Edom carried the sin of breaking the “brotherly covenant” one step further. It says in Amos 1:11 that “he did pursue his brother with the sword.” He used violence against his brother. God considers Jews to be brothers of Arabs, whites to be brothers of blacks, and every race to be brothers one of another. Once you depart from that truth, you leave the door open to enter into prejudice and worse. How did we get to the place where there is such terrible violence in the world today? We got here because too many people have broken the brotherly covenant, and then they descended to hatred and then violence. There were two reasons that the Edomites became so violent: they were not merciful, and they became too angry for too long. What is the importance of mercy in relation to the brotherly covenant? For one thing, when a person looks down on others, that person honestly thinks that he or she is right and that the others are not only wrong, but that have done wrong. They think the others actually deserve to be punished. But even if they were correct about that, if they were merciful, they would avoid violence.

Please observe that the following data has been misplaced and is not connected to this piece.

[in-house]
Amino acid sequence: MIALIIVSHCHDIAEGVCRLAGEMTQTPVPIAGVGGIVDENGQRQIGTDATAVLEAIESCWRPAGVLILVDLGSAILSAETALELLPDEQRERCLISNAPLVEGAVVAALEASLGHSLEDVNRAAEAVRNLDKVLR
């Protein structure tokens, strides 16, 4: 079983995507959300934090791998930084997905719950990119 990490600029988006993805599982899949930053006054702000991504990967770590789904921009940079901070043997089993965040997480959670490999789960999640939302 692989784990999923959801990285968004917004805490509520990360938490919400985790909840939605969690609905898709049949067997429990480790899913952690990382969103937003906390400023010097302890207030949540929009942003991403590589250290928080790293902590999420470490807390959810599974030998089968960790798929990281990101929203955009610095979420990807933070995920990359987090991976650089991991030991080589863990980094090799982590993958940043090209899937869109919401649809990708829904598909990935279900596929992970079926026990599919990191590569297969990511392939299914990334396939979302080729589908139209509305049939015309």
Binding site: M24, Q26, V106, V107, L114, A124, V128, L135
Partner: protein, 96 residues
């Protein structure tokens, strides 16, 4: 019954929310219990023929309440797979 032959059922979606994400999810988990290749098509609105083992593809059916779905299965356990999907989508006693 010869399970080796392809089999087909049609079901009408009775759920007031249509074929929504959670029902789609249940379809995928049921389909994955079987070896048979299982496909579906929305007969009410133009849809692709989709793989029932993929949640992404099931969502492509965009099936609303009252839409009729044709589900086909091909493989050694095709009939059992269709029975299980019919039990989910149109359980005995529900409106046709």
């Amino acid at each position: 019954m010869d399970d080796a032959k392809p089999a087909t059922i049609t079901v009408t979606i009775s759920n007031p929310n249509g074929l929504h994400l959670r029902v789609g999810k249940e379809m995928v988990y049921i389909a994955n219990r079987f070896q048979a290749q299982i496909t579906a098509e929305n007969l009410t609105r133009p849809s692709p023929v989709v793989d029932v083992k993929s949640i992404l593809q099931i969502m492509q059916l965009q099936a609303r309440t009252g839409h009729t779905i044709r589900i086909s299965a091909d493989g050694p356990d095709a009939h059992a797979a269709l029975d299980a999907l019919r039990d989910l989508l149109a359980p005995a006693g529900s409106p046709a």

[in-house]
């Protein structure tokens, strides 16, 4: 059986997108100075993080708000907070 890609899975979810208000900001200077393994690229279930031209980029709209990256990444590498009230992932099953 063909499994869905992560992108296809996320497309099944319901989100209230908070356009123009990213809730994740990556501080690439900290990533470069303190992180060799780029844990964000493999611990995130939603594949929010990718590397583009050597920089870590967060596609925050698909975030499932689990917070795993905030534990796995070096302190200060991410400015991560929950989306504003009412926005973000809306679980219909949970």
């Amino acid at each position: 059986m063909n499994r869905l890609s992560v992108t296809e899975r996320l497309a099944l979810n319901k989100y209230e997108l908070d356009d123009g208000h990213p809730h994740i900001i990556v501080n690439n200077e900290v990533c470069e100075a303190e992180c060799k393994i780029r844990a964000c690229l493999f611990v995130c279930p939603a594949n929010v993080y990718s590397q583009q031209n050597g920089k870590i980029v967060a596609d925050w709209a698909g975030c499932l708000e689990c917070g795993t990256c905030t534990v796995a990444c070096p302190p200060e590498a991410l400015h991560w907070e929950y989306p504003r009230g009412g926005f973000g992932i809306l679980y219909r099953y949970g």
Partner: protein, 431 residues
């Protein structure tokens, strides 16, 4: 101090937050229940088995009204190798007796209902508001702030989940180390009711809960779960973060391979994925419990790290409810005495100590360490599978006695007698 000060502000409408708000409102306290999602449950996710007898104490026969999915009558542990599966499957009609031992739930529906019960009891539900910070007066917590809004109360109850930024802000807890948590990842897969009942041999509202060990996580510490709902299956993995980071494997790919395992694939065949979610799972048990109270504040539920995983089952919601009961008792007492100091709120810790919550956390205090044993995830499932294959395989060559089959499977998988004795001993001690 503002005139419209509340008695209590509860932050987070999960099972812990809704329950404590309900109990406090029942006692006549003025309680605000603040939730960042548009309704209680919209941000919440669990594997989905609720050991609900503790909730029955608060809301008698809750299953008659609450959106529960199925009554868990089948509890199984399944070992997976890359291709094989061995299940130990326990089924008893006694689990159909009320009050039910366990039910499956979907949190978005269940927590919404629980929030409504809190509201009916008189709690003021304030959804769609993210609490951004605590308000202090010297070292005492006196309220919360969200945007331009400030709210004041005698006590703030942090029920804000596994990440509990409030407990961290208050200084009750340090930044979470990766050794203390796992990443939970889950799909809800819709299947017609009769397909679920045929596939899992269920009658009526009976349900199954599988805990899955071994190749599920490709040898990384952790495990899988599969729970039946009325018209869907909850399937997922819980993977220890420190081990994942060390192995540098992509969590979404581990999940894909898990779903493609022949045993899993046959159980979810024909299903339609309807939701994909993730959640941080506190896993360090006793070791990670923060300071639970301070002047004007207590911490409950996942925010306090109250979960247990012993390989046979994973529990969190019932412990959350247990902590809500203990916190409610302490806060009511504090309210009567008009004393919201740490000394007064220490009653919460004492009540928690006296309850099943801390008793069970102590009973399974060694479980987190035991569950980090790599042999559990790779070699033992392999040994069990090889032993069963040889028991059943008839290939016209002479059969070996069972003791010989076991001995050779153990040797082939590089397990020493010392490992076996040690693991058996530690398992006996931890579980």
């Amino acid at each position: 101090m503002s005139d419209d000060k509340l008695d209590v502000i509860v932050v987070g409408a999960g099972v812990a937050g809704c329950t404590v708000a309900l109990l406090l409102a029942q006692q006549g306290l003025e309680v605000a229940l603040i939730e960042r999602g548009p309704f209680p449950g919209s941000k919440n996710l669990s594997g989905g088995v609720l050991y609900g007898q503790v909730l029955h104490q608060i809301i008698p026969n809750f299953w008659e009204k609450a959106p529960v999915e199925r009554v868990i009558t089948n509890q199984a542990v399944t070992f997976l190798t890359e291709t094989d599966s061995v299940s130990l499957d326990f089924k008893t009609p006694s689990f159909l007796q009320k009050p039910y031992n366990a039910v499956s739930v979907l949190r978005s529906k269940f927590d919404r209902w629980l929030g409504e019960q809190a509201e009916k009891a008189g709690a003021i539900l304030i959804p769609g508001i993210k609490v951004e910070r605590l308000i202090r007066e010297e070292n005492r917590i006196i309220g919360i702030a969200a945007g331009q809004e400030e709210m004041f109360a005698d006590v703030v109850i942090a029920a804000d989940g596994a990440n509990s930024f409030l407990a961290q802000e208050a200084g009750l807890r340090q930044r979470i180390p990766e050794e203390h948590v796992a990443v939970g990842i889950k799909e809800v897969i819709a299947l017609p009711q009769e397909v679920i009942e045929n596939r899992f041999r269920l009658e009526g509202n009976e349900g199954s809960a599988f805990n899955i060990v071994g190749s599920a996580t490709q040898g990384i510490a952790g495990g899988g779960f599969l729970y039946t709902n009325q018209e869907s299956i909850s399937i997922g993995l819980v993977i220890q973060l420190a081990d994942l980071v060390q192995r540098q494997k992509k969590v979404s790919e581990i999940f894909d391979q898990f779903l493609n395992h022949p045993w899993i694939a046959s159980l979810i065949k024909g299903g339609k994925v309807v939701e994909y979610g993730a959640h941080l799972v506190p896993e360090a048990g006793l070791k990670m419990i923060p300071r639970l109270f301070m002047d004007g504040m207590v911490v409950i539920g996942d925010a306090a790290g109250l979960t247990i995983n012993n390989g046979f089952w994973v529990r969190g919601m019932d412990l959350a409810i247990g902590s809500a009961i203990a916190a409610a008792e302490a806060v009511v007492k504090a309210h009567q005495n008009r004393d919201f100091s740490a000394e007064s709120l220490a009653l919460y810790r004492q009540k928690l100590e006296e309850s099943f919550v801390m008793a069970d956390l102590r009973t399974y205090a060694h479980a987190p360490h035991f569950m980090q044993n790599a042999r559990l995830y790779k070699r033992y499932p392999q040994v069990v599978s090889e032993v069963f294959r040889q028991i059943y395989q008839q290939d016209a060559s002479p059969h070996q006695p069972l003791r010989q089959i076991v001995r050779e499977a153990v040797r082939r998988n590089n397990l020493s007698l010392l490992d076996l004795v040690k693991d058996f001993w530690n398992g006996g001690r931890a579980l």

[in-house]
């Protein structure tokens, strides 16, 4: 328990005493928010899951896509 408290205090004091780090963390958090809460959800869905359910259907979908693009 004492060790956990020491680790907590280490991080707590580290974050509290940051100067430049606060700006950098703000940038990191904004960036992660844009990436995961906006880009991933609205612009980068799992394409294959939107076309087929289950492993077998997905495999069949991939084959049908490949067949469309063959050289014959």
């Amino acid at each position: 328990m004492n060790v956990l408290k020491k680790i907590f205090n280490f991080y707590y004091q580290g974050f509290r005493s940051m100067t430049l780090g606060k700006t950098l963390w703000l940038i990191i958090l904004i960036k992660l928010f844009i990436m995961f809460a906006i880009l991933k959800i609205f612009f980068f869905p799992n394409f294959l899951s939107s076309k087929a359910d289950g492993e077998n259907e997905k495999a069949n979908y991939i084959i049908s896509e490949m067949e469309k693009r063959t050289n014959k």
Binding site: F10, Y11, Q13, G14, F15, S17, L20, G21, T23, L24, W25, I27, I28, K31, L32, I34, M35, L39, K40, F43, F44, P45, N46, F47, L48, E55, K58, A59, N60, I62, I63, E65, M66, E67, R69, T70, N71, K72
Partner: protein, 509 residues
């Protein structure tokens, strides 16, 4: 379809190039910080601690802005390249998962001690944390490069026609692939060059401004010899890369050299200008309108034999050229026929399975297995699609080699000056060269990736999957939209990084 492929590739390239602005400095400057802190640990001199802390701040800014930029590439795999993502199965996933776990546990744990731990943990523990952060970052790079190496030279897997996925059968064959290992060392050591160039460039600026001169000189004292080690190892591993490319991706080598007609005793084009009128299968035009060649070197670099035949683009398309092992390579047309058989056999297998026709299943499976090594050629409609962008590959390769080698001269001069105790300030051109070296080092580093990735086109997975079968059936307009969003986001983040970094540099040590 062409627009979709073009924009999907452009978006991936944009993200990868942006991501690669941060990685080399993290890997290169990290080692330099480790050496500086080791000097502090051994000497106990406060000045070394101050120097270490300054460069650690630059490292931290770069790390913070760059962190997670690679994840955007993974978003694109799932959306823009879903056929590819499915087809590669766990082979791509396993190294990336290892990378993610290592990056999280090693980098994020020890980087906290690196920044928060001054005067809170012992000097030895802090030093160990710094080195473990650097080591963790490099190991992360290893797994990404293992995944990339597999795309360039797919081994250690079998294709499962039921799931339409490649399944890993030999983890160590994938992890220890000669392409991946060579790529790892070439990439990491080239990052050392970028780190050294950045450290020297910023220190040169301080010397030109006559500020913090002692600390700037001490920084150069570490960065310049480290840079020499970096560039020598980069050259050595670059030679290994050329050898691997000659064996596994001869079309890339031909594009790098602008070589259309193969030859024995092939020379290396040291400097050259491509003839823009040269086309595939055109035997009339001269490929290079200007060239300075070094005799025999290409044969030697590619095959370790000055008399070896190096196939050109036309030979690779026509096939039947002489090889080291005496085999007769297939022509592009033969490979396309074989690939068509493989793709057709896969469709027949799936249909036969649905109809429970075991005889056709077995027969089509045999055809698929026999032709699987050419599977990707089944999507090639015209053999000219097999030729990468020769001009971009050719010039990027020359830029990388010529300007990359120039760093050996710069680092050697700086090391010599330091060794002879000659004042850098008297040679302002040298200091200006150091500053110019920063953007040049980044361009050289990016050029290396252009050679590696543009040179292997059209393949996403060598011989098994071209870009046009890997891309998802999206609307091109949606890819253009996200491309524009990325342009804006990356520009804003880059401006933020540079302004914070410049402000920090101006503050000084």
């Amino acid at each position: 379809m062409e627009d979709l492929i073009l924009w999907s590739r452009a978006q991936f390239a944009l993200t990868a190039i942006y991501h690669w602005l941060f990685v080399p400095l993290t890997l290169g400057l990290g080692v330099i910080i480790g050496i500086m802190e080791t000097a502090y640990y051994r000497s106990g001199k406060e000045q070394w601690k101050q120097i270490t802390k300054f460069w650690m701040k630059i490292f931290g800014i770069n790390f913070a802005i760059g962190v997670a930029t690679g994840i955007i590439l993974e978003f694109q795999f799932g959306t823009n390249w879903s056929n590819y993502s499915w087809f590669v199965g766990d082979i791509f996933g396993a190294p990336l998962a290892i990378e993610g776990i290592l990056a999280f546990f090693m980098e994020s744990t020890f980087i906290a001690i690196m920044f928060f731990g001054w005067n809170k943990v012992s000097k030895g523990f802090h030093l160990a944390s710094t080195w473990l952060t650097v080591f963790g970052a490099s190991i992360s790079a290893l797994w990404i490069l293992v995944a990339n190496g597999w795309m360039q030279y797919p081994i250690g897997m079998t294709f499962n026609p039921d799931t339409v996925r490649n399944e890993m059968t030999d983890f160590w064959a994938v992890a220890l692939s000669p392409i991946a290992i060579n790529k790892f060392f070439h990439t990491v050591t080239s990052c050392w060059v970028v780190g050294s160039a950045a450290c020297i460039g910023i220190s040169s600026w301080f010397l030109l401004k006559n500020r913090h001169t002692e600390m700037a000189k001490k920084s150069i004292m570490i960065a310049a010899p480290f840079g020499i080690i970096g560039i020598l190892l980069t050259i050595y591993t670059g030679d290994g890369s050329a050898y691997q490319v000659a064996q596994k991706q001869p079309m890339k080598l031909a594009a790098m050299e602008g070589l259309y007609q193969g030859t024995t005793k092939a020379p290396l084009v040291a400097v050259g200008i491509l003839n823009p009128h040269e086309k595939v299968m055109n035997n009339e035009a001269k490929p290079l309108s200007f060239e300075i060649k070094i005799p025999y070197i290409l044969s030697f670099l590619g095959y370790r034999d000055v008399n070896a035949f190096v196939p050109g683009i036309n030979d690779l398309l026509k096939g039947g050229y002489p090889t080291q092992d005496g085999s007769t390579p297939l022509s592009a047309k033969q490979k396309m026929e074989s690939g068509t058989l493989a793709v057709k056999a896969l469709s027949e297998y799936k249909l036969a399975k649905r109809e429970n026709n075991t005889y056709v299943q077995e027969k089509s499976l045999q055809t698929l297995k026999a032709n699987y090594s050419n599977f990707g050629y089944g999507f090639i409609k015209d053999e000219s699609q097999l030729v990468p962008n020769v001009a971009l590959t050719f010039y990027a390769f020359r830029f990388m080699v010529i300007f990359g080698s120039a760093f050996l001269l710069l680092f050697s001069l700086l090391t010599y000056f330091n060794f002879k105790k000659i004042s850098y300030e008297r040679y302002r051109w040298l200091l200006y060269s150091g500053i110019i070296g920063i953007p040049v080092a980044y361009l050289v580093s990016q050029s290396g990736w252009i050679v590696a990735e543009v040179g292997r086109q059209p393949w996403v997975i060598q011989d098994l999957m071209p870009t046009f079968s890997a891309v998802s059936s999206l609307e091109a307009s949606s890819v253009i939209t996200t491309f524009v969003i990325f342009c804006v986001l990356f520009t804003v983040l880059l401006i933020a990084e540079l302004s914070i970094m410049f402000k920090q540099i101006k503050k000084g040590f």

Anger often leads to violence. Jesus linked anger to murder as far as the sinfulness of anger is concerned. Jesus said in Matthew 5:21-22, “Ye have heard that it was said by them of old time, Thou shalt not kill; and whosoever shall kill shall be in danger of the judgment:[22] But I say unto you, That whosoever is angry with his brother without a cause shall be in danger of the judgment: and whosoever shall say to his brother, Raca, shall be in danger of the council: but whosoever shall say, Thou fool, shall be in danger of hell fire.” Notice that Jesus says, “whosoever is angry with his brother.” Maybe you would not be so angry if you realized that the other person was your brother. One of the sins of the Edomites is that they never learned to get over t6heir anger. They kept their anger going. It says in Amos 1:11, “and his anger did tear perpetually, and he kept his wrath for ever.” Yes, people get angry. But you had better learn to put your anger aside or it can cause you to do terrible things. It says to followers of Christ in Ephesians 4:26, “Be ye angry, and sin not: let not the sun go down upon your wrath:” By nature we are people of wrath. That is why we are warned about it in the scriptures. It is also another reason that we need Jesus as Savior.



Copyright; 2014 by Charles F. (Rick) Creech
All Rights Reserved